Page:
A Career Coach advises not to alter the visual representations of your goals and desires as they help create a sense of purpose even when your circumstances change
words maki molapo
In the February issue of CAREERS MAGAZINE Mimi Mabaso wrote a how-to guide for creating a vision board. While some people remain conflicted about how effective it is, some swear by it and some are curious. Mabaso described vision boarding as “visual representations of your goals and desires with the hope that this brings you one step closer to making those a reality.” So, here we are more than five months, a pandemic, and a distressing economy later, and some people are wondering if they should stay on course or completely change their goals. However, Career Coach and Hesed Consulting founder and owner Vumile Msweli advises not to.
In explaining the importance of vision boards, Msweli quotes a saying in her IsiZulu culture: “‘If you don’t know where you’re going, any road is going to lead you there.’ The point of having a vision is about creating direction as to where your destination should be. It gives you a sense of purpose.” However, Msweli says while she doesn’t believe that the pandemic has stopped the process of the journey, “the how and the experience of it will be slightly different but the execution should be the same. Because if we are building careers that can’t be adaptable, we’re building careers that aren’t realistic.”
In her article, Mabaso cautions against thinking that vision boarding is a “magical tool to fix your life… but an aiding tool”. She adds that although, positive thinking is useful, “you can’t think your way into success without taking the necessary steps to increase chances of achieving your goals”. To ensure that you’re building your career realistically, Msweli advises that you take note of tools you’ll need, as well as skills you can acquire. “You need a certain team that can help you get there. So, you’re always going to need three people; a career coach, a mentor and a sponsor to get to where you want to go in the fastest time possible,” she says. However, Msweli says this also depends on what you’re looking for as far as your career goals are concerned, as well as your personality.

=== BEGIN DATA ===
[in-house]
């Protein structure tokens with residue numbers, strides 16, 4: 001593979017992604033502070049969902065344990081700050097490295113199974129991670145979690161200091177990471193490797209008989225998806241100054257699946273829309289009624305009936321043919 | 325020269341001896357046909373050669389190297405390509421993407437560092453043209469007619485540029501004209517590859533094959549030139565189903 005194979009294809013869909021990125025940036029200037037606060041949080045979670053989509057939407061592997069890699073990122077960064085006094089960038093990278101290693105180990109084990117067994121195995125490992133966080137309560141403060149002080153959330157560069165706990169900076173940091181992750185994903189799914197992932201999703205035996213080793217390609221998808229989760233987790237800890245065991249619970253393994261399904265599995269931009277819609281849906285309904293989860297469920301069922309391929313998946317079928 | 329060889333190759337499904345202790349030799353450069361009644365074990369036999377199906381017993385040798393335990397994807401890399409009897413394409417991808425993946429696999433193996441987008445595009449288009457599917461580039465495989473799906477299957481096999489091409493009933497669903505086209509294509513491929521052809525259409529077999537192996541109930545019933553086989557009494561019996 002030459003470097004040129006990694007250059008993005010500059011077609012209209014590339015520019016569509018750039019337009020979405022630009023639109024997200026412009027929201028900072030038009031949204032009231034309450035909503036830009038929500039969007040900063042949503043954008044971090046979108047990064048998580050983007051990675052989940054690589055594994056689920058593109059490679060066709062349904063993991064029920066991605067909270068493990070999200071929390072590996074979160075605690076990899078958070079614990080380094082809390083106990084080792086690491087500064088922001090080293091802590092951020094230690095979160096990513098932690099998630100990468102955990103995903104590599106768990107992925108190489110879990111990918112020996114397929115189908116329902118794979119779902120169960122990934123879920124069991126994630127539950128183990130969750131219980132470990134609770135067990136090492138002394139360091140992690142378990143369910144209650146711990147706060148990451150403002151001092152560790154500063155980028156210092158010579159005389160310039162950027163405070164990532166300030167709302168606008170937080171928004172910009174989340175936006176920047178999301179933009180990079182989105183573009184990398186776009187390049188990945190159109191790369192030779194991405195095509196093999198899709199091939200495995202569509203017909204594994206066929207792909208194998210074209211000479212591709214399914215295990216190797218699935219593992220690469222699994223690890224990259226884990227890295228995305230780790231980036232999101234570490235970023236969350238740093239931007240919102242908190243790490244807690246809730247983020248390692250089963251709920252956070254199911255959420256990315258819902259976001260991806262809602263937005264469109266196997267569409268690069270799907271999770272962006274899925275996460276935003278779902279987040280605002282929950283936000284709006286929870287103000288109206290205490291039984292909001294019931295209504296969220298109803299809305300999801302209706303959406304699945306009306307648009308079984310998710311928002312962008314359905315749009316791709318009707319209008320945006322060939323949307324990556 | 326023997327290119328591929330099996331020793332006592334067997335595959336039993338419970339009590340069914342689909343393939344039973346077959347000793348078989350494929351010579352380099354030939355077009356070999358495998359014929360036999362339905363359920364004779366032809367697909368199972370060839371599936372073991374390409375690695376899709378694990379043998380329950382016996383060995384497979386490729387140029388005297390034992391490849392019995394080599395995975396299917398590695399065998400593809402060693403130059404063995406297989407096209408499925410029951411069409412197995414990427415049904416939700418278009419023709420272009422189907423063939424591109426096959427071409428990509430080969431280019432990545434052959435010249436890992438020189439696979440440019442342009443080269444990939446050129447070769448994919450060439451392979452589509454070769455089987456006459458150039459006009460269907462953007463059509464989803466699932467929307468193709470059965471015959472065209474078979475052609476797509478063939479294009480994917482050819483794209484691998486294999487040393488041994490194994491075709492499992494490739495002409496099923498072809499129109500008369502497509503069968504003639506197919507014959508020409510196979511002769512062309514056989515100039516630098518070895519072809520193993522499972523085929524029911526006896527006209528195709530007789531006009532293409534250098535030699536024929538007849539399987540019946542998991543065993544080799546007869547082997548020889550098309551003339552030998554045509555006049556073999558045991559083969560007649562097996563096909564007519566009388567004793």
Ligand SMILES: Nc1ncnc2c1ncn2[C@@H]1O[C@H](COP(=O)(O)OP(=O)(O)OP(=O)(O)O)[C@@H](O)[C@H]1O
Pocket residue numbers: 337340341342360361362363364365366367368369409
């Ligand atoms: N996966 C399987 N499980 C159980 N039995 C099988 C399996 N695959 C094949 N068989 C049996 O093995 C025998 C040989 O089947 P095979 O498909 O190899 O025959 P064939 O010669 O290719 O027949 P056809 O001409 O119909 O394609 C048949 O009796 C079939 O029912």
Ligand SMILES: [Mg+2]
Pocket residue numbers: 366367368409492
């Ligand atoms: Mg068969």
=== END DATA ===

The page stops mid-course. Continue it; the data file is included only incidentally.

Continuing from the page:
Referencing her TedX Talk titled, Help! I hate my job, she speaks about the four B’s; bona (your vision), buza (ask for guidance), ubuntu (your sense of purpose), and badalwa (getting paid) which she says can help circumvent hating your job. At the same time, Msweli says it’s important to understand that what you do doesn’t change, and what often changes is the platform/environment, but the essence remains the same. With this in mind, one would think it’d be a good idea to adjust what you put up on the vision board but, Msweli quickly dispels that by explaining that “the concept of a vision board is being where you are and articulating the experience that you want to have [in the future]either through words or images”, she adds that it doesn’t articulate the how. She further states that people change their goals because they don’t have a clear vision, “people set goals that are either too far removed by focusing too much on long-term and [neglecting] short-term and medium-term”, Msweli says.
As we continue towards a post-pandemic world many worry that they’re going to be more disposable, Msweli says, “nothing has changed, the process has just accelerated.” She adds that what we’re seeing now is finding ways of expressing value and getting paid for it.
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